B. "a personal relationship"
                Bell also writes that, according to many Christians today, "the real issue, the one that can't be avoided, is whether a person has a 'personal relationship' with God through Jesus...that's the bottom line: a personal relationship.  If you don't have that, you will die apart from God and spend eternity in torment in hell.  The problem, however, is that the phrase 'personal relationship'  is found nowhere in the Bible.  If that's the point of it all, the one unavoidable reality, the heart of the Christian faith, why is it that no one used the phrase until the last hundred years or so?"
                My question that follows from that is, if it's all about who has a personal relationship with Jesus, why wouldn't Jesus simply state clearly that that is the key to salvation?  Why wouldn't he state it so clearly that it could not possibly be mistaken or confuse anyone?  Another issue I have with the personal relationship concept is that the idea of a relationship is not black and white, and what this relationship should look like isn't defined in the Bible. So even if Jesus had said "if you have a personal relationship with me, you will go to heaven," how would we know who had one and who didn't? He is, after all, an invisible, (currently) non-physical, divine Being.  I don't have a manual for how to have a relationship with such a Being, I just have a really long book with story after story of people who interacted with Him, some of whom seemed to pursue a connection with Him, some of whom didn't, none of whom ever got it quite right.

Chapter One, Part One (What About the Flat Tire?)

There was so much to talk about, I split up my ch. 1 blog into two parts, and this is only the first of those.  I organized it by question category, because basically, this chapter is all about asking important questions, so below are RB's originals plus the additional questions they caused me to raise.

I.             Love & Justice
                Here are the first two questions we come across in chapter one, simplified as much as I could:
(1) Will most of the people God created go to hell forever? How does that mesh with the picture of a loving God?
(2) Is it truly just (and moreover, is it merciful?) for someone to suffer forever (an infinite amount of time) for a finite number of sins?
                Rob Bell doesn't claim to know the answers to these questions, but he stresses the importance of asking them.  How we respond to these questions shapes what our faith looks like, the kind of relationship we believe we can/should have with God, and how we treat and view others.   Here's an example of a question that should follow after reading all the questions raised in Ch. 1: "What should evangelism look like in light of what I believe about heaven, hell, and salvation?" Here's another:  "If I believe I'm 'getting in to heaven' and 'Bob' isn't, why do I believe that, what am I basing it off of, and how should I view/treat Bob in light of that? What is my responsibility to Bob?  And if I don't believe that Bob is necessarily 'not getting in', how should that affect how I "evangelize" or "witness" to Bob? What are my responsibilities to Bob then?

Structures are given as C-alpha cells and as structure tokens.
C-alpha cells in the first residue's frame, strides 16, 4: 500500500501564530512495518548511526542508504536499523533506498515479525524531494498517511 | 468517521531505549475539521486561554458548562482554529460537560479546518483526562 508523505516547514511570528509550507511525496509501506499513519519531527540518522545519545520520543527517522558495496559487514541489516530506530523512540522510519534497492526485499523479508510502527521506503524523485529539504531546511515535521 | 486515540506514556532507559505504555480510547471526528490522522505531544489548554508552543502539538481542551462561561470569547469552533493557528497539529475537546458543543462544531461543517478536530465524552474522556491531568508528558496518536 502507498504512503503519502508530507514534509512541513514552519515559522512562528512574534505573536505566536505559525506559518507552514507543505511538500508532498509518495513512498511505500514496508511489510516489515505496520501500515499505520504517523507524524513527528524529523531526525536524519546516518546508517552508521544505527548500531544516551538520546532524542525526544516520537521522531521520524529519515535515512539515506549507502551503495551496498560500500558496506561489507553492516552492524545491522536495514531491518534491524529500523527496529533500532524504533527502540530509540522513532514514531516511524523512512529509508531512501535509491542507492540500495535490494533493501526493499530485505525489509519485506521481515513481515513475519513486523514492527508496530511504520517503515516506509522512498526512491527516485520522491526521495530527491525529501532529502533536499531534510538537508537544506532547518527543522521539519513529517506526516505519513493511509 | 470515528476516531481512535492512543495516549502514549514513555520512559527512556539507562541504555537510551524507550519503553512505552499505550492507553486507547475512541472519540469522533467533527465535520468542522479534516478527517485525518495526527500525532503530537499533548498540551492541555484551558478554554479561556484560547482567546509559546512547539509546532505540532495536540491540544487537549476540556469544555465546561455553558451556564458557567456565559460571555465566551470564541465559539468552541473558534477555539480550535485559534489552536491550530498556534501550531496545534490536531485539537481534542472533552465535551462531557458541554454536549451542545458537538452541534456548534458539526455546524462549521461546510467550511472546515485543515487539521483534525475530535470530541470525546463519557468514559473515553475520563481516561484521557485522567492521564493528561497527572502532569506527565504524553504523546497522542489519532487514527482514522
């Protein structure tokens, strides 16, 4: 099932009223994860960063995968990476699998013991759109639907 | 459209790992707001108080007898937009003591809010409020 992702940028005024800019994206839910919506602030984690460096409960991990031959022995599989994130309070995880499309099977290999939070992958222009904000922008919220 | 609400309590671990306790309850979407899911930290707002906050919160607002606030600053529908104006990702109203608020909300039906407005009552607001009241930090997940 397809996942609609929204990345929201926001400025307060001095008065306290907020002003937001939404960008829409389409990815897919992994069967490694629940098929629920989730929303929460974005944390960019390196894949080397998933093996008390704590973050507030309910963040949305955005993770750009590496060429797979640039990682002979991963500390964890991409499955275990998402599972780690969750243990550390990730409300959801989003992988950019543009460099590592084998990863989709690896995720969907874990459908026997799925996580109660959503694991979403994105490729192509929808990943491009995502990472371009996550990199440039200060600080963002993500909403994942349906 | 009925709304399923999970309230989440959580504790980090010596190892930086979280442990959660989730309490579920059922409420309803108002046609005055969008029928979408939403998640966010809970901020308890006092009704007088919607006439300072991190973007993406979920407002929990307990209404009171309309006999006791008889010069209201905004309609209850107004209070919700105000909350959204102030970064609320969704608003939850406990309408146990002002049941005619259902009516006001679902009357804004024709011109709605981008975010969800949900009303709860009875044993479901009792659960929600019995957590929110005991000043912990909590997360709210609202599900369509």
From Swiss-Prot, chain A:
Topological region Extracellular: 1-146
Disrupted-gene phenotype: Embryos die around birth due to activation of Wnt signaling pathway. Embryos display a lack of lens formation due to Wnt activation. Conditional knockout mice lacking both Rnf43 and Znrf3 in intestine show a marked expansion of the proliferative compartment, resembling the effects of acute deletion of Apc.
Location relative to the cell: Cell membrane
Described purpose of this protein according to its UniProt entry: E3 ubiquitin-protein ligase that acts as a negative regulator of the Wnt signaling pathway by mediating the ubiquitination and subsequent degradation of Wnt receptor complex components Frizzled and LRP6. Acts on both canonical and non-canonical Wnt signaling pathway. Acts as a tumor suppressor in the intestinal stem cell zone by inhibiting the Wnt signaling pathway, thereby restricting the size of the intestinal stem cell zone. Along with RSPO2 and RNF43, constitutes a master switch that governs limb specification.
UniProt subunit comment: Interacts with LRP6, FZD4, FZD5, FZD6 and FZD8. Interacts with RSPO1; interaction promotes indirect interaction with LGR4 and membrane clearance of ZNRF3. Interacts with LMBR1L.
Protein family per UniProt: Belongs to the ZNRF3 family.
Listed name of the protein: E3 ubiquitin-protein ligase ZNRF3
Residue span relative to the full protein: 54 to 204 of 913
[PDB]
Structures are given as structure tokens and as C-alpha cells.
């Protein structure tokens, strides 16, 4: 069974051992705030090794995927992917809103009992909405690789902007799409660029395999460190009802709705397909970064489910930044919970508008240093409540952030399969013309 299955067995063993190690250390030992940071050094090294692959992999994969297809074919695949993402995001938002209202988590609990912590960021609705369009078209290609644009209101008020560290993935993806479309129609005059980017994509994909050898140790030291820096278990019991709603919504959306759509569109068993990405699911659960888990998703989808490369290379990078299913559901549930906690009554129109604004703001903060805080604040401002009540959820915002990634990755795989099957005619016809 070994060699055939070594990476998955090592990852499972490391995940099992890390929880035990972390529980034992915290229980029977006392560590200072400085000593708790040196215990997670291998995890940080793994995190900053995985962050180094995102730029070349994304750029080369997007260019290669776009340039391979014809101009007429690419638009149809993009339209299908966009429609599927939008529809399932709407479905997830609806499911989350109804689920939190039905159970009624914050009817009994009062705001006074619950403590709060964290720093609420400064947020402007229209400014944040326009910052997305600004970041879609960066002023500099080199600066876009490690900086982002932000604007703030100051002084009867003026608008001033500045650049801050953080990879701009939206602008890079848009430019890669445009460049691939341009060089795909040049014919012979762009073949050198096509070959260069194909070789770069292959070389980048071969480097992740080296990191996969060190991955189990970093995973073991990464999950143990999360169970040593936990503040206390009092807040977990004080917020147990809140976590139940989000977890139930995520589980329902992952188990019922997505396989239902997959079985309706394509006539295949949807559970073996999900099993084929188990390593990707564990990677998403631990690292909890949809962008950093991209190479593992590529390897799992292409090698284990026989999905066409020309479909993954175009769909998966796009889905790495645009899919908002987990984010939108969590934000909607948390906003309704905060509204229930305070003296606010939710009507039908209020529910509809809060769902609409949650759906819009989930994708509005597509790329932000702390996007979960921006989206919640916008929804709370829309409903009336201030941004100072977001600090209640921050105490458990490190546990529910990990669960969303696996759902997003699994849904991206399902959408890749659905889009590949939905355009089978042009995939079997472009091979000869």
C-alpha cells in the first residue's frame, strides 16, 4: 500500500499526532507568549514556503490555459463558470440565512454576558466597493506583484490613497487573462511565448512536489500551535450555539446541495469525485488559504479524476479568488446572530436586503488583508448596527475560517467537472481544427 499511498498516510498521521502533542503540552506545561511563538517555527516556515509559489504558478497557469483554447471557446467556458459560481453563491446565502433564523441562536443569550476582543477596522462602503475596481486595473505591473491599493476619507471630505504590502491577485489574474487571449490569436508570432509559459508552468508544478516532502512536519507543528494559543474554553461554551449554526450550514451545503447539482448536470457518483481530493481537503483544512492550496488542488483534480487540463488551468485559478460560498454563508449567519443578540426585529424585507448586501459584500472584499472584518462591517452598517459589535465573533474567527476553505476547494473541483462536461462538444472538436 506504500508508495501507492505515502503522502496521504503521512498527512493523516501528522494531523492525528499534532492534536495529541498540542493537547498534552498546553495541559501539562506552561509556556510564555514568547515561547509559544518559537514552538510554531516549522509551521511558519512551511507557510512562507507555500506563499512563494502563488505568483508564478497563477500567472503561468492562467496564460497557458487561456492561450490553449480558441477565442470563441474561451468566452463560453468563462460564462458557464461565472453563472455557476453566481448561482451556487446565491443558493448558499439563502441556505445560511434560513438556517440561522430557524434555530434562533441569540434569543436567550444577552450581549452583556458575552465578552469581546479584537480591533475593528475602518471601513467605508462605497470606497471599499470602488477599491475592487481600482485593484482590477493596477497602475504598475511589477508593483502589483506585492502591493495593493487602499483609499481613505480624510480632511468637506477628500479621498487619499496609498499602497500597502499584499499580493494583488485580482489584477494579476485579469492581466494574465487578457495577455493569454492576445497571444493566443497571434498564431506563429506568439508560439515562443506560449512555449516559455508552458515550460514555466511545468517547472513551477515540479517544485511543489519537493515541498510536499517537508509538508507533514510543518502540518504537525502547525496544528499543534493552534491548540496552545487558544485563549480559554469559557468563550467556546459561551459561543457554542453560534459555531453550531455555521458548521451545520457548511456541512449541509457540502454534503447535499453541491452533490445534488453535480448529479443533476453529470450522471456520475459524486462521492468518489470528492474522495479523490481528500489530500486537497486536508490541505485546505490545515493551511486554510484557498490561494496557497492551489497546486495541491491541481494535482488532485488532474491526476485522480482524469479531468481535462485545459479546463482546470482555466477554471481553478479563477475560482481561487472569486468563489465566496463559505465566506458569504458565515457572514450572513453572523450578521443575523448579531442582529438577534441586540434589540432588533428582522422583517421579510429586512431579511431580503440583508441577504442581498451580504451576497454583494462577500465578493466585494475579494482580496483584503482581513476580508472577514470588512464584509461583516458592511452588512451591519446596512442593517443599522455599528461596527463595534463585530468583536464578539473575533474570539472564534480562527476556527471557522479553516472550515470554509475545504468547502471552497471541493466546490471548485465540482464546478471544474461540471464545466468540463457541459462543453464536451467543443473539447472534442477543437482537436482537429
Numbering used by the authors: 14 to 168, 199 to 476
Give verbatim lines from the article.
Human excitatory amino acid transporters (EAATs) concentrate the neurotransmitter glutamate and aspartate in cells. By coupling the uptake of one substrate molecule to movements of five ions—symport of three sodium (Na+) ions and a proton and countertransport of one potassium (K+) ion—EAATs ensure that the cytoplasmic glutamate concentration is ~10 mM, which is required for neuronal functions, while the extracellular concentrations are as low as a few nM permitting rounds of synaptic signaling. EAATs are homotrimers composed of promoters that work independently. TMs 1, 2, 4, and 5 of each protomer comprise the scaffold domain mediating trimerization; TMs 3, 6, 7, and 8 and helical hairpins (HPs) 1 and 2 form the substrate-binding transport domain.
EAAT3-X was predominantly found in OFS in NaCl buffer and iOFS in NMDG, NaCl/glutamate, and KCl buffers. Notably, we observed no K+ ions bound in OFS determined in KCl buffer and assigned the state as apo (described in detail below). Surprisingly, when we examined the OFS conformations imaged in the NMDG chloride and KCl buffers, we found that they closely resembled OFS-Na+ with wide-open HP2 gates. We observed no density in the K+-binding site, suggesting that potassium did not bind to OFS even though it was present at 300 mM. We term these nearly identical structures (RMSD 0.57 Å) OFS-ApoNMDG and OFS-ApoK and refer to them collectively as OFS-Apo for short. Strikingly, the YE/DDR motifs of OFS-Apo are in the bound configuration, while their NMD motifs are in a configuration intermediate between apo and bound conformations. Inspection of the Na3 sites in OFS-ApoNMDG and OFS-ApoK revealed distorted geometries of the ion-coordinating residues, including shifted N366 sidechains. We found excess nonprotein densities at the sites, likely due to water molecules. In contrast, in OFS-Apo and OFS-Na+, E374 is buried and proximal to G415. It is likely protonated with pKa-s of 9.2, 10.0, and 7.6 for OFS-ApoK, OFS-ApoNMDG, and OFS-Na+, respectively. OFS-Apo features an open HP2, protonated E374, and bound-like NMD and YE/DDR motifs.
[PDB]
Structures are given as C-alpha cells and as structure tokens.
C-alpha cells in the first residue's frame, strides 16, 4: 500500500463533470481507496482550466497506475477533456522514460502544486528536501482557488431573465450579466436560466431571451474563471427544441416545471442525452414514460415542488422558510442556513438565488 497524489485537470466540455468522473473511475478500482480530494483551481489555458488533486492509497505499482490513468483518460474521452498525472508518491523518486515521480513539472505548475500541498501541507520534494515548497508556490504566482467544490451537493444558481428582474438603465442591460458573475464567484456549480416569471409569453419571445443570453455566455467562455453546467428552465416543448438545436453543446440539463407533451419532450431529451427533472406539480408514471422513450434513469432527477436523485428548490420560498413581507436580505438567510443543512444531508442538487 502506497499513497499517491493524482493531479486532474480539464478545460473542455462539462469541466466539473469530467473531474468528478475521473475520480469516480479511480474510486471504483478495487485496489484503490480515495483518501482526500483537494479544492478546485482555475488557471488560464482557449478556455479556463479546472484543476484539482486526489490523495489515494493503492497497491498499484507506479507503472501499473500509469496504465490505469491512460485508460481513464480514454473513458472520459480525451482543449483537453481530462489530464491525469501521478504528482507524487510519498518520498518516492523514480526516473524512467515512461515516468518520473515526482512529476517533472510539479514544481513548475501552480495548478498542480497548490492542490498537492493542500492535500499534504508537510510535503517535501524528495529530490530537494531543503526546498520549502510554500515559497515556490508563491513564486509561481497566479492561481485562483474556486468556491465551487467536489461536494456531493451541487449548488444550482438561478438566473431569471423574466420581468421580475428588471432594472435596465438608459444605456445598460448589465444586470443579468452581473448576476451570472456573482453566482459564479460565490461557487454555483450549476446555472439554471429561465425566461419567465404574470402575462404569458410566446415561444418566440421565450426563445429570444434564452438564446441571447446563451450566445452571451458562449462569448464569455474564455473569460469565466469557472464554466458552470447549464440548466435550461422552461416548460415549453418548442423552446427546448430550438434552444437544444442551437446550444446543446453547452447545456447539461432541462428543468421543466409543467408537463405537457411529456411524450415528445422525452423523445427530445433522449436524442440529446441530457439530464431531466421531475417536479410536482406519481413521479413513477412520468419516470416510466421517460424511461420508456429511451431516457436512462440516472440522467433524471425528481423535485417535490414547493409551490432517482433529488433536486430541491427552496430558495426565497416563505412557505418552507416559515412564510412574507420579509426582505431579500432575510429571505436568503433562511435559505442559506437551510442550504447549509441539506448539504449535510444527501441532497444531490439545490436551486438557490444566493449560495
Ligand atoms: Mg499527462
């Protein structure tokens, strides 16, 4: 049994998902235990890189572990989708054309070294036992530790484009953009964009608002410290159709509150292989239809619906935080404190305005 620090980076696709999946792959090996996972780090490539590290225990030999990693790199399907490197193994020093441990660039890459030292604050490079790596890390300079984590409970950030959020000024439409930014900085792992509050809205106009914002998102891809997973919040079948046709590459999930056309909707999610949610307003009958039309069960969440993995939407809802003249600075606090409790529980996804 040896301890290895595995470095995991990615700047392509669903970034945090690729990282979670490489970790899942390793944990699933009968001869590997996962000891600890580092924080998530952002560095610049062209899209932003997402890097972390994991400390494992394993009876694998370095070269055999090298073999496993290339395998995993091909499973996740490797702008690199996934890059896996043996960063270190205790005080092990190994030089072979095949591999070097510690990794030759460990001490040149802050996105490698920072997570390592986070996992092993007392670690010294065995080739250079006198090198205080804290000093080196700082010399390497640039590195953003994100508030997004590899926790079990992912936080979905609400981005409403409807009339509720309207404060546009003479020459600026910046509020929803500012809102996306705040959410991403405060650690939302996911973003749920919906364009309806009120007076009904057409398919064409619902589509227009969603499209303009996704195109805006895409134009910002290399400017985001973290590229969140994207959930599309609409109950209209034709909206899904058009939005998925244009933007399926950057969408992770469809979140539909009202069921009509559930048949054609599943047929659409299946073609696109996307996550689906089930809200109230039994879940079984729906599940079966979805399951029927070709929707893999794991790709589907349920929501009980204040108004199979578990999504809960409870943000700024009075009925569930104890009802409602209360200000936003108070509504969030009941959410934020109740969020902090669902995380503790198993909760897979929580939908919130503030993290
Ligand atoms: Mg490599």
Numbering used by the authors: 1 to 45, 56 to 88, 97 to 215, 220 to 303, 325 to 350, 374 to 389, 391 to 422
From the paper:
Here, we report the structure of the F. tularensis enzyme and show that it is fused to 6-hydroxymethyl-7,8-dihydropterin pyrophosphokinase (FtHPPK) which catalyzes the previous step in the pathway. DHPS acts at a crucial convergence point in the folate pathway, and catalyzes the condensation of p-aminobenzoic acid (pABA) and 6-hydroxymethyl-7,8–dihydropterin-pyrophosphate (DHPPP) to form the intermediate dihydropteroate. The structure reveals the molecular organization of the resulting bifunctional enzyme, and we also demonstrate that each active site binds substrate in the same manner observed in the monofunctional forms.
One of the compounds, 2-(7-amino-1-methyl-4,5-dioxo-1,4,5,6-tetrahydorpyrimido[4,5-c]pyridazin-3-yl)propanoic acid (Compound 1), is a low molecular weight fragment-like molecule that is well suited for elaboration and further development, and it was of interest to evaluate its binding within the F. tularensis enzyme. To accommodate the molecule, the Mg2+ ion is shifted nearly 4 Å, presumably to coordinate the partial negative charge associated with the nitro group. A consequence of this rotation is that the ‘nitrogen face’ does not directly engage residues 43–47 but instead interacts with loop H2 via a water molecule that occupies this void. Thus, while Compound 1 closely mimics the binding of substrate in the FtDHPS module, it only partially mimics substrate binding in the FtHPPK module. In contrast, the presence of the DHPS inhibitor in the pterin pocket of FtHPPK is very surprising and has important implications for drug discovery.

So, about those questions RB asks in Ch. 1, here's a taste of them:
                "Of all the billions of people who have ever lived, will only a select number 'make it to a better place' and every single other person suffer in torment and punishment forever?  Has God created millions of people over tens of thousands of years who are going to spend eternity in anguish? Can God do this, or even allow this, and still claim to be a loving God?"
                On a similar note, a page or so later Bell writes: "Does God punish people for thousands of years with infinite, eternal torment for things they did in their few finite years of life?  What kind of faith is that? Or, more important: What kind of God is that?"

                So here are the questions I'm left with: (A) Is the God I believe in, the God my Bible tells me is love, mercy, justice and grace, really okay with being separated from the vast majority of his creation, the beings he so desperately longs to be with, according to what the Bible tells us, forever and ever? And not just be separated from them, but know that they are suffering forever and ever? And not just know that they are suffering, but know that he decreed that to be their punishment?  I believe wholeheartedly that God loves us enough to allow us to choose whether or not we want to have anything to do with him, and that as painful as it is to Him, when we reject him, he lets us do so.  But what if someone rejects him now, and changes their mind later? And by later I mean, post-mortem later.  Is God going to say "nope, sorry, as much as I want to be with you, you made your choice, and you can't unmake it?" 

                (B) The question of God's justice: does it seem just that an "average" non-believer would suffer not ten years, not ten million years, but forever upon forever in hell for whatever he did wrong, or rather, for the right choice(s) he didn't make, during his seventy-odd years on Earth?  Or let's take an extreme example: maybe we do think Hitler should get ten million years of hell for what he did.  Maybe that would be justice, seeing as how far more than ten million lives were grievously affected and/or snuffed out because of him.  But his grievances, his sins are still finite in number.  Can we really say that after ten million years or so of torment even Hitler wouldn't have atoned for his sins? Or even if he hadn't, say that at that point, Hitler is actually repentant.  Would a loving God continue to inflict punishment on a single soul for millions upon billions upon trillions of years everlastingly, for the sins committed in a single lifetime? 

II.            Why Run the Risk?
                In Love Wins, Bell references a story of a Christian teenager whose high school friend passed away.  At the funeral, she was approached by another Christian who asked her about the dead guy's beliefs, and upon finding out that he had been an atheist while alive, said, "So there's no hope then."  Bell then questions if "no hope" is the Christian message, the word Jesus came to offer to the world. He asks "Is this the sacred calling of Christians - to announce that there's no hope?"
                He then writes, "This belief raises a number of issues, one of them being the risk each new life faces.  If every new baby being born could grow up to not believe the right things and go to hell forever, then prematurely terminating a child's life anytime from conception to twelve years of age (the age he cites as most commonly believed by Christians to be the age of responsibility)* would actually be the loving thing to do, guaranteeing that the child ends up in heaven, and not hell, forever.  Why run the risk?"
*Italicized words are my added thoughts